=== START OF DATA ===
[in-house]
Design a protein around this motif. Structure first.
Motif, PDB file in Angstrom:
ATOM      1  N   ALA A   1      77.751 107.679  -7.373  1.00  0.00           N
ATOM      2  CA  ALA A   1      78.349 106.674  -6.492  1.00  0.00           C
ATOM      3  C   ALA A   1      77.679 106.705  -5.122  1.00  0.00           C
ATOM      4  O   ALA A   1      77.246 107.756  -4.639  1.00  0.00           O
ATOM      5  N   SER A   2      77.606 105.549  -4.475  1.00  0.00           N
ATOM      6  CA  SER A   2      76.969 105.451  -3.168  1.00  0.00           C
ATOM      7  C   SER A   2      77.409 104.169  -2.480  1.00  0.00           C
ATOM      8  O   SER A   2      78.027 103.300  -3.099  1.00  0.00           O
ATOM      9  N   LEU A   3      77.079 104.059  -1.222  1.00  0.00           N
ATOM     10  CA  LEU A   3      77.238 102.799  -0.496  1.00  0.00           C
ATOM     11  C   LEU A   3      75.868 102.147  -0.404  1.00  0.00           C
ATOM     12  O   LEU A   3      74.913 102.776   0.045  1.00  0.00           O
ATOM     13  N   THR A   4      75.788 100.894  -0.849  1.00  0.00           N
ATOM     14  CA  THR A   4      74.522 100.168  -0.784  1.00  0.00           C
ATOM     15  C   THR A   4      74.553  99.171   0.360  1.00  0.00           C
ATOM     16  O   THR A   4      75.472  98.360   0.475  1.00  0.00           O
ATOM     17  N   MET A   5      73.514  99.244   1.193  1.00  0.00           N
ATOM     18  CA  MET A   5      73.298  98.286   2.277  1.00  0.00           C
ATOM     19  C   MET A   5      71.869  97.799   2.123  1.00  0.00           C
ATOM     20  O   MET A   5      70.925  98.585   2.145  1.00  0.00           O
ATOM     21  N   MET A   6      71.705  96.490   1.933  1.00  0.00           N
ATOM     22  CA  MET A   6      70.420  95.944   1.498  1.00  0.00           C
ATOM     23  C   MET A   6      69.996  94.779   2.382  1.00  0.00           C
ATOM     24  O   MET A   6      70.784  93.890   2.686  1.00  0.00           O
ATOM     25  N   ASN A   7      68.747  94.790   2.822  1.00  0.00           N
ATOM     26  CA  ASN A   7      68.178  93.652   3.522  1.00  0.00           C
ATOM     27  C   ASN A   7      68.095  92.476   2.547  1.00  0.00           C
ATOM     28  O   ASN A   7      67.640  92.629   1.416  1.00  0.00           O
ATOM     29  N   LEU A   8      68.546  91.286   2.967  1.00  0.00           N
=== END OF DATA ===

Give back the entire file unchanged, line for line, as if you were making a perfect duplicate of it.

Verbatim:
[in-house]
Design a protein around this motif. Structure first.
Motif, PDB file in Angstrom:
ATOM      1  N   ALA A   1      77.751 107.679  -7.373  1.00  0.00           N
ATOM      2  CA  ALA A   1      78.349 106.674  -6.492  1.00  0.00           C
ATOM      3  C   ALA A   1      77.679 106.705  -5.122  1.00  0.00           C
ATOM      4  O   ALA A   1      77.246 107.756  -4.639  1.00  0.00           O
ATOM      5  N   SER A   2      77.606 105.549  -4.475  1.00  0.00           N
ATOM      6  CA  SER A   2      76.969 105.451  -3.168  1.00  0.00           C
ATOM      7  C   SER A   2      77.409 104.169  -2.480  1.00  0.00           C
ATOM      8  O   SER A   2      78.027 103.300  -3.099  1.00  0.00           O
ATOM      9  N   LEU A   3      77.079 104.059  -1.222  1.00  0.00           N
ATOM     10  CA  LEU A   3      77.238 102.799  -0.496  1.00  0.00           C
ATOM     11  C   LEU A   3      75.868 102.147  -0.404  1.00  0.00           C
ATOM     12  O   LEU A   3      74.913 102.776   0.045  1.00  0.00           O
ATOM     13  N   THR A   4      75.788 100.894  -0.849  1.00  0.00           N
ATOM     14  CA  THR A   4      74.522 100.168  -0.784  1.00  0.00           C
ATOM     15  C   THR A   4      74.553  99.171   0.360  1.00  0.00           C
ATOM     16  O   THR A   4      75.472  98.360   0.475  1.00  0.00           O
ATOM     17  N   MET A   5      73.514  99.244   1.193  1.00  0.00           N
ATOM     18  CA  MET A   5      73.298  98.286   2.277  1.00  0.00           C
ATOM     19  C   MET A   5      71.869  97.799   2.123  1.00  0.00           C
ATOM     20  O   MET A   5      70.925  98.585   2.145  1.00  0.00           O
ATOM     21  N   MET A   6      71.705  96.490   1.933  1.00  0.00           N
ATOM     22  CA  MET A   6      70.420  95.944   1.498  1.00  0.00           C
ATOM     23  C   MET A   6      69.996  94.779   2.382  1.00  0.00           C
ATOM     24  O   MET A   6      70.784  93.890   2.686  1.00  0.00           O
ATOM     25  N   ASN A   7      68.747  94.790   2.822  1.00  0.00           N
ATOM     26  CA  ASN A   7      68.178  93.652   3.522  1.00  0.00           C
ATOM     27  C   ASN A   7      68.095  92.476   2.547  1.00  0.00           C
ATOM     28  O   ASN A   7      67.640  92.629   1.416  1.00  0.00           O
ATOM     29  N   LEU A   8      68.546  91.286   2.967  1.00  0.00           N